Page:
I have left many shops empty-handed, because of ridiculous prices or tired merchandise, but almost instantly my inner-vintage voice told me that wouldn't be the case today. First, there was the matter of leopard. Guys & Dolls has leopard-print carpet on the floor and leopard-print velvet curtains on the dressing room. The owner and I must be kindred spirits, I thought, bound by a passion for swirls and spots of black, tan and orange.
A quick glance at a few tags told me the shop's prices were comforting, too--every bit as affordable as Hooti's, if not more so. And even though the owner had sprinkled several new vintage-style items in among her old pieces, she had done it right. The store, small as it was, had as much electricity as any Emilio Pucci purse or silk undies. And while most of the labels reflected West Coast designers and stores, the merchandise was classic vintage, as likely to have been discovered in a Seattle attic as the barn of a Virginia horse farm. I was in heaven.
Was that the owner behind the counter? Maybe, but we hadn't made eye contact, so an introduction could wait. I wanted to shop first and talk shop later.
I headed straight for the first thing that caught my eye, a rack with maybe thirty beaded sweaters, suits and jackets, all carefully marked as to condition and estimated size. I started pulling several suits that might fit me, and as I ooohed and aaahed, Graciela Ronconi, wearing a handknitted orange-and-green Fifties poncho-like jacket, watched this feeding frenzy and smiled. Finally, I introduced myself as a fellow shop owner from Brooklyn who also loved leopard and was ecstatic to have found her shop. We chatted for a few minutes, but when a young woman came into the shop to buy a pair of fifties eyeglass frames she'd seen earlier, I resumed my hunt.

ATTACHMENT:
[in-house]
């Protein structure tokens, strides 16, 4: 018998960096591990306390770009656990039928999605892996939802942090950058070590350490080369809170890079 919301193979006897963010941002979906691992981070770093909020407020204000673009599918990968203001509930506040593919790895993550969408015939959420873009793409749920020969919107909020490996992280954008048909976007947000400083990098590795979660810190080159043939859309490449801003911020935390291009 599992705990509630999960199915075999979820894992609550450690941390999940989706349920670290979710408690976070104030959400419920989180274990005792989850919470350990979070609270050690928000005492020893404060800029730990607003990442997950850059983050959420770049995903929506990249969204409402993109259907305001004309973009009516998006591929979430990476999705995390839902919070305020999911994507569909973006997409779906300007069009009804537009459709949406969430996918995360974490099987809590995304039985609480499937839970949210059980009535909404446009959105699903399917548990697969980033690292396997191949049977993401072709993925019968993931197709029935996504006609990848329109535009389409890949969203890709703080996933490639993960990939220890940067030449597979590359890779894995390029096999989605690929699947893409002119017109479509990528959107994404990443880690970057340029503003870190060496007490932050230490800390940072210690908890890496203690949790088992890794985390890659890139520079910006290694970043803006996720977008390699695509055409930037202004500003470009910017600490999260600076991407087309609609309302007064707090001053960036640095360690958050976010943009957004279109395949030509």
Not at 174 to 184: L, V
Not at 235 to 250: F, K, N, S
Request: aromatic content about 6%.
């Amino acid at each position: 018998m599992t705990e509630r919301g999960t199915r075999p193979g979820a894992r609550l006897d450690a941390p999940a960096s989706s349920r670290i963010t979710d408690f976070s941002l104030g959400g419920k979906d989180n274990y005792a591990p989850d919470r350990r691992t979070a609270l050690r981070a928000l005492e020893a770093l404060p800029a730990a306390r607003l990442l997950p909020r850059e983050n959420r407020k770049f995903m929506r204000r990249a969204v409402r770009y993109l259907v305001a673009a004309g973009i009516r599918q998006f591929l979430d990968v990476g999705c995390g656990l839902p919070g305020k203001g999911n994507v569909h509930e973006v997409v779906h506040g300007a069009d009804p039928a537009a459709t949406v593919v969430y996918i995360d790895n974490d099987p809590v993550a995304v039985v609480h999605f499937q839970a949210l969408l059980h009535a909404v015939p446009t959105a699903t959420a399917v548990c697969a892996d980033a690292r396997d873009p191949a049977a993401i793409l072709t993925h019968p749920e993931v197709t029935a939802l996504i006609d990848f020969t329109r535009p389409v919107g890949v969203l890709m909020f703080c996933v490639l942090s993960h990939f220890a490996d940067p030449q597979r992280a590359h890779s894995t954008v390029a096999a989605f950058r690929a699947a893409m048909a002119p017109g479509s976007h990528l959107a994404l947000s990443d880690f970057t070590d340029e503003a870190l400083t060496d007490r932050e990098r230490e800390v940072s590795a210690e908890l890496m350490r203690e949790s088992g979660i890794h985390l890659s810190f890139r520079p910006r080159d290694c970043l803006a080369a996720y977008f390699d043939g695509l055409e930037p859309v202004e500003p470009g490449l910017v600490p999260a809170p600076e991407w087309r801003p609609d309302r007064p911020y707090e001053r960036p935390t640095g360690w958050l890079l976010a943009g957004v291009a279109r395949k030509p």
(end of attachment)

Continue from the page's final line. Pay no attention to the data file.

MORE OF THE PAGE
The first suit that worked was a camel-colored forties gabardine, a bit worn, but a near-perfect fit, though not for long if I picked up even three or four pounds. I particularly loved the amber-colored buttons and the lines of the pencil skirt, which had an unusual small centered pleat. The satin label was a first for me: Tailored by Saks of California. Despite a small hole on the front of the jacket, near the hem, this would be a great weekend outfit for the shop. The price: $85.
Next came a very unusual chocolate-bronze forties suit with embossed flowers in the same color. The satiny fabric, something that could easily work for day or night, was in good condition. This outfit had two labels, one for the shop that sold it--"Nelly Gaffney, San Francisco and Burlingame"--and one for the designer--"Coppola Designs, Deitsch, Wersba & Coppola." Again, I had never heard of these folks or the store. But I loved the details: champagne silk lining and the jacket's six original brown faux-crystal buttons. Overall condition: very good. Price: $88.
The next suit--I was a little out of control at this point--had been "Styled by Gino, Ridge Park Fashions, Inc., New York City." Whenever I see a label like this, I can't help but wonder: Was there ever a real Gino or Dino, or did someone simply think that an Italian name would add cache to the brand? The suit had wear and tear, but I could look past that because the "look" was irresistible, especially the three-quarter sleeves with winglike cuffs and the most distinctive little hip pockets that were just big enough for a very small hankie. Each pocket was trimmed with two V-shaped flaps that were topped by a short vertical row of gray buttons. The skirt was not quite a pencil shape; all the lining was a blush-colored silk. Price: $78.